Oxford has been our on and off home now for the past ten years, and as someone from a family with far more connections to “the other place”, it has taken me most of that decade to come to really like and appreciate the city.
Typically, as luck would have it, my liking of Oxford has more or less coincided with our leaving the city for pastures new.
And pastures don’t come much more picturesque, or quintessentially English than those of South Park on the eastern edge of the ancient town centre.
And as for those famous dreaming spires, there’s nowhere they look dreamier than from the steepling fields of South Park on a late summer’s evening.
This view of Oxford; largely unchanged since Matthew Arnold penned his famous verse; and not that different from when Oliver Cromwell’s besieging army was camped on this very spot; and when this great dead English oak was a foot-high sapling, has gradually ingrained itself into the core of my consciousness, and something I shall carry with me and treasure for the rest of my days.
One of the silver linings to our current regime of semi-internment is our daily walk around our local park, and our subsequent reacquaintance with one of world’s genuinely iconic (a much overused and abused term) urban views. Fortunately for us, our local green space is South Park (no relation to its animated Colorado namesake) and the view it offers is over the venerable and elegant city of Oxford and its famous “dreaming spires”*.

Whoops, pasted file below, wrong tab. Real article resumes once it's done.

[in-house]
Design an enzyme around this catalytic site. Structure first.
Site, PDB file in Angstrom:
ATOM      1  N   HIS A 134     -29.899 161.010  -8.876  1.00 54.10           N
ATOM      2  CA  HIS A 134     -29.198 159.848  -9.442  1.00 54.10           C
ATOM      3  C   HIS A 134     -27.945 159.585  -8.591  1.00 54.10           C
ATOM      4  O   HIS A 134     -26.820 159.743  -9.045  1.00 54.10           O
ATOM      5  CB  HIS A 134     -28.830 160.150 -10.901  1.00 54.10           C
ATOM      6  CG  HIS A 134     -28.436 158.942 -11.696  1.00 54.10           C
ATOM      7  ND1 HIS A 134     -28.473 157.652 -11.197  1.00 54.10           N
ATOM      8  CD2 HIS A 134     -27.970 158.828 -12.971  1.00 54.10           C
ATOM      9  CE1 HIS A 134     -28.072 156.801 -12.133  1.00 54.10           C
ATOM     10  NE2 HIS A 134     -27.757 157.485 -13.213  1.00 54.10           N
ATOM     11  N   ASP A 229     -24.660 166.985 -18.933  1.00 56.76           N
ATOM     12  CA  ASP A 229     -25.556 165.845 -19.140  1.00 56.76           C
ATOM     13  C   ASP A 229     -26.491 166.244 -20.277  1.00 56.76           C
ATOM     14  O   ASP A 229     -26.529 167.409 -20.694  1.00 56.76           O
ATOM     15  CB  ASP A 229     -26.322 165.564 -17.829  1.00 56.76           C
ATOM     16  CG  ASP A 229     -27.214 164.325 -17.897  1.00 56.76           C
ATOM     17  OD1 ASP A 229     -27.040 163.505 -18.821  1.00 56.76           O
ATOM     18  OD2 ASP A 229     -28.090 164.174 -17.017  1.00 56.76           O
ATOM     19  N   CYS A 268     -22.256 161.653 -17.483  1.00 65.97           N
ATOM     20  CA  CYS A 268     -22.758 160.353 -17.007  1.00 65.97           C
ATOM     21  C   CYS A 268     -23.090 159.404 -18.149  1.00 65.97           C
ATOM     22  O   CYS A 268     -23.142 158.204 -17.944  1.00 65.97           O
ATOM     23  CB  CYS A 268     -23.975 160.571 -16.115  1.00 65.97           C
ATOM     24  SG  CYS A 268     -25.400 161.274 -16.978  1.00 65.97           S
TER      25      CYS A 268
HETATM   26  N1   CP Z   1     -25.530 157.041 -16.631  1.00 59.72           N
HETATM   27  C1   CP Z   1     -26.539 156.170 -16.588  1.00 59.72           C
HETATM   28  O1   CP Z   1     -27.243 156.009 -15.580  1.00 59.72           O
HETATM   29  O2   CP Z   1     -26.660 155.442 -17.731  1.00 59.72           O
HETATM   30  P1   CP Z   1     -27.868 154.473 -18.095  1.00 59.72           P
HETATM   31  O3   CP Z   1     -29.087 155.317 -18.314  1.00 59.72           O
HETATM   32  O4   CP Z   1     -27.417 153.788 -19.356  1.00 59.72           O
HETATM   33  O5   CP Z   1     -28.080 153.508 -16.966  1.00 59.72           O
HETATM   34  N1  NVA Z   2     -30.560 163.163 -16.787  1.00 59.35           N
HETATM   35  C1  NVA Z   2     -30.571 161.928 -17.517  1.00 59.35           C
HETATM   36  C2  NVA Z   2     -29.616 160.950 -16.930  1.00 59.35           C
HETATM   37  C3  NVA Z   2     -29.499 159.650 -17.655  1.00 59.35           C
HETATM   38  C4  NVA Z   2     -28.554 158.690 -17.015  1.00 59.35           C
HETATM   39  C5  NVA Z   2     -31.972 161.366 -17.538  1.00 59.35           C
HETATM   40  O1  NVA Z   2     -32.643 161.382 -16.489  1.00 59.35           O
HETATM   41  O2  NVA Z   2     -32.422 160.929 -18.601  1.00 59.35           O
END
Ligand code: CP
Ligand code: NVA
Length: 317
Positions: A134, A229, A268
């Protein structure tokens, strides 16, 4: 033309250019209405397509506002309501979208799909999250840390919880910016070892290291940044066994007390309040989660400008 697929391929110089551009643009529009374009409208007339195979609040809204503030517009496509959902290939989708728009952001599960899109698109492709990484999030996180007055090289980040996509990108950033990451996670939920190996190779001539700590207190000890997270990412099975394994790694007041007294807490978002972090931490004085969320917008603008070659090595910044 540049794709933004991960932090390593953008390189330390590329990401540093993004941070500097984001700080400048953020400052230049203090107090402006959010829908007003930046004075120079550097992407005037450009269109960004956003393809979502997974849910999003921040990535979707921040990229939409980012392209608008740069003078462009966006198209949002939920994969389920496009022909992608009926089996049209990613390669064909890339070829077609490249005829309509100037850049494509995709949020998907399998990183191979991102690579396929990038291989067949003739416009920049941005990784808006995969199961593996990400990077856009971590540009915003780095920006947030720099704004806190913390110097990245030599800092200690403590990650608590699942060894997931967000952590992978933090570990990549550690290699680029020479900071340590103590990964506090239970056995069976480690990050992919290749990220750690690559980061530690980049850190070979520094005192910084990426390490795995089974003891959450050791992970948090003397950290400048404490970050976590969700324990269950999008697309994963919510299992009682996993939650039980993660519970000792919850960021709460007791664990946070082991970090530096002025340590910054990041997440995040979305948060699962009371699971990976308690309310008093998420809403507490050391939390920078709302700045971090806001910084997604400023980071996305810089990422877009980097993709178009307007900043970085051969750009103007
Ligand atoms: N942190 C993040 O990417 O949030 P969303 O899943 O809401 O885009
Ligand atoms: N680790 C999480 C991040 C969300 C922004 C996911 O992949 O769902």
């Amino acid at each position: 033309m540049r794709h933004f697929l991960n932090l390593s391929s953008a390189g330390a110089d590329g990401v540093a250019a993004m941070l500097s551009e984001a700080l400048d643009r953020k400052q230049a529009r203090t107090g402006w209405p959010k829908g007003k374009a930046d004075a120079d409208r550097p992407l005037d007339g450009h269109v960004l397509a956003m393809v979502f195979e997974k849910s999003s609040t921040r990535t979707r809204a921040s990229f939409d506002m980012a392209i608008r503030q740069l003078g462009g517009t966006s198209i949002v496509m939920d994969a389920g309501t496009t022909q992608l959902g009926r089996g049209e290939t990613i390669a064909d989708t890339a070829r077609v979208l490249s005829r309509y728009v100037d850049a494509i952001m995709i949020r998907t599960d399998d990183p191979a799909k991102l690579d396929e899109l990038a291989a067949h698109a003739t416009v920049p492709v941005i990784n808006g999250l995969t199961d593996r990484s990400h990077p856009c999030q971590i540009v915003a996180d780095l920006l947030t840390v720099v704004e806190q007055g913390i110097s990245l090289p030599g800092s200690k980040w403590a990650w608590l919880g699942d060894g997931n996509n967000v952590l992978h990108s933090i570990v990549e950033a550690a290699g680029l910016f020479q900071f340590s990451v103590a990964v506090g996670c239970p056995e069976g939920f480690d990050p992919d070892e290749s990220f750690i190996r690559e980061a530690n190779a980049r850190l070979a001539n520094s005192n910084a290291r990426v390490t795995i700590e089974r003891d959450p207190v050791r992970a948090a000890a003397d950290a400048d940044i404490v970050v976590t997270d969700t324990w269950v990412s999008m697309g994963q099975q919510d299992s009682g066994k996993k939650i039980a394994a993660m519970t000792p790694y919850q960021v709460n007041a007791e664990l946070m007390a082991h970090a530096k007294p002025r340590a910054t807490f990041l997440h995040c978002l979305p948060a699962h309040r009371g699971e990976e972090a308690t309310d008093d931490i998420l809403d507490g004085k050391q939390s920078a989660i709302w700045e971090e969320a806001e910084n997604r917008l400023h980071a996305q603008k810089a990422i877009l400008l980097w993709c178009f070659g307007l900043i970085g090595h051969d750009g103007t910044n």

From the highest point in the park, just before sunset; the steeply sloping greensward foreground, leading gently yet intently to the gleaming city and shimmering spires and towers of the middle-distance; with the hazy cobalt-tinted Cotswold hills rising in the west; the visual effect has a kind of confidant and – in these anxious times – reassuring drama about it.
It is almost as if, this most famous of university cities, with all its generations of accumulated human wisdom, represents a salutary counterpoint to the current narrative of our apparent ephemeral humanity.
Whether or not these rather flat iPhone generated images can give even the slightest impression of this heartening scene is another matter altogether, but I do hope so.